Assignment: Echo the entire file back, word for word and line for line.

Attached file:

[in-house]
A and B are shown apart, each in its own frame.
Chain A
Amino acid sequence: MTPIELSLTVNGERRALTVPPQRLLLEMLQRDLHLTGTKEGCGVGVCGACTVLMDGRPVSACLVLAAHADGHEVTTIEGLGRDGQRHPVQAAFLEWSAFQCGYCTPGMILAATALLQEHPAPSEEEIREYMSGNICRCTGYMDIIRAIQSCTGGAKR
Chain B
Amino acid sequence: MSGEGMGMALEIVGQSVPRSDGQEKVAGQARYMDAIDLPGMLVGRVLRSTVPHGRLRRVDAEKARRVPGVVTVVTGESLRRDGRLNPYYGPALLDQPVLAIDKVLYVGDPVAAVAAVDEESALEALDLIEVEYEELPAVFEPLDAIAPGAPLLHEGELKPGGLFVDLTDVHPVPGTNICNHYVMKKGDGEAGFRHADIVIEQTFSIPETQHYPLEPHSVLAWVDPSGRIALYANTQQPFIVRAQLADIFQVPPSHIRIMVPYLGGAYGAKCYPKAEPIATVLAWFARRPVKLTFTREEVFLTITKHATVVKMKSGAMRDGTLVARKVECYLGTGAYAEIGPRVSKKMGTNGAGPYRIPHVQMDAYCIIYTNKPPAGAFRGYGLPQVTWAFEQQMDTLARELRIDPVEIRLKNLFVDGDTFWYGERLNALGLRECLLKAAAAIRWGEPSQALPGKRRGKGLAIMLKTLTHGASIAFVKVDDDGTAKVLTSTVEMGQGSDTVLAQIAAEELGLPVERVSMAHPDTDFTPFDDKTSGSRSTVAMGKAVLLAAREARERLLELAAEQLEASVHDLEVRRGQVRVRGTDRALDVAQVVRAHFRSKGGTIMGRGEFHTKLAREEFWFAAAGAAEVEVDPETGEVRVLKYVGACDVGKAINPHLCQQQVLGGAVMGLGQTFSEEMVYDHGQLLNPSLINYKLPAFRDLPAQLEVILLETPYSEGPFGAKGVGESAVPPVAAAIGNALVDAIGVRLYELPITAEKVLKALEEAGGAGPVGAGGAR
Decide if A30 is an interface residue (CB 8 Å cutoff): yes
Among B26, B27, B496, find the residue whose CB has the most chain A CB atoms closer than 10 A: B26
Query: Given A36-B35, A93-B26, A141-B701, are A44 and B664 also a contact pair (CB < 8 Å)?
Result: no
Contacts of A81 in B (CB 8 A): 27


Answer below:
[in-house]
A and B are shown apart, each in its own frame.
Chain A
Amino acid sequence: MTPIELSLTVNGERRALTVPPQRLLLEMLQRDLHLTGTKEGCGVGVCGACTVLMDGRPVSACLVLAAHADGHEVTTIEGLGRDGQRHPVQAAFLEWSAFQCGYCTPGMILAATALLQEHPAPSEEEIREYMSGNICRCTGYMDIIRAIQSCTGGAKR
Chain B
Amino acid sequence: MSGEGMGMALEIVGQSVPRSDGQEKVAGQARYMDAIDLPGMLVGRVLRSTVPHGRLRRVDAEKARRVPGVVTVVTGESLRRDGRLNPYYGPALLDQPVLAIDKVLYVGDPVAAVAAVDEESALEALDLIEVEYEELPAVFEPLDAIAPGAPLLHEGELKPGGLFVDLTDVHPVPGTNICNHYVMKKGDGEAGFRHADIVIEQTFSIPETQHYPLEPHSVLAWVDPSGRIALYANTQQPFIVRAQLADIFQVPPSHIRIMVPYLGGAYGAKCYPKAEPIATVLAWFARRPVKLTFTREEVFLTITKHATVVKMKSGAMRDGTLVARKVECYLGTGAYAEIGPRVSKKMGTNGAGPYRIPHVQMDAYCIIYTNKPPAGAFRGYGLPQVTWAFEQQMDTLARELRIDPVEIRLKNLFVDGDTFWYGERLNALGLRECLLKAAAAIRWGEPSQALPGKRRGKGLAIMLKTLTHGASIAFVKVDDDGTAKVLTSTVEMGQGSDTVLAQIAAEELGLPVERVSMAHPDTDFTPFDDKTSGSRSTVAMGKAVLLAAREARERLLELAAEQLEASVHDLEVRRGQVRVRGTDRALDVAQVVRAHFRSKGGTIMGRGEFHTKLAREEFWFAAAGAAEVEVDPETGEVRVLKYVGACDVGKAINPHLCQQQVLGGAVMGLGQTFSEEMVYDHGQLLNPSLINYKLPAFRDLPAQLEVILLETPYSEGPFGAKGVGESAVPPVAAAIGNALVDAIGVRLYELPITAEKVLKALEEAGGAGPVGAGGAR
Decide if A30 is an interface residue (CB 8 Å cutoff): yes
Among B26, B27, B496, find the residue whose CB has the most chain A CB atoms closer than 10 A: B26
Query: Given A36-B35, A93-B26, A141-B701, are A44 and B664 also a contact pair (CB < 8 Å)?
Result: no
Contacts of A81 in B (CB 8 A): 27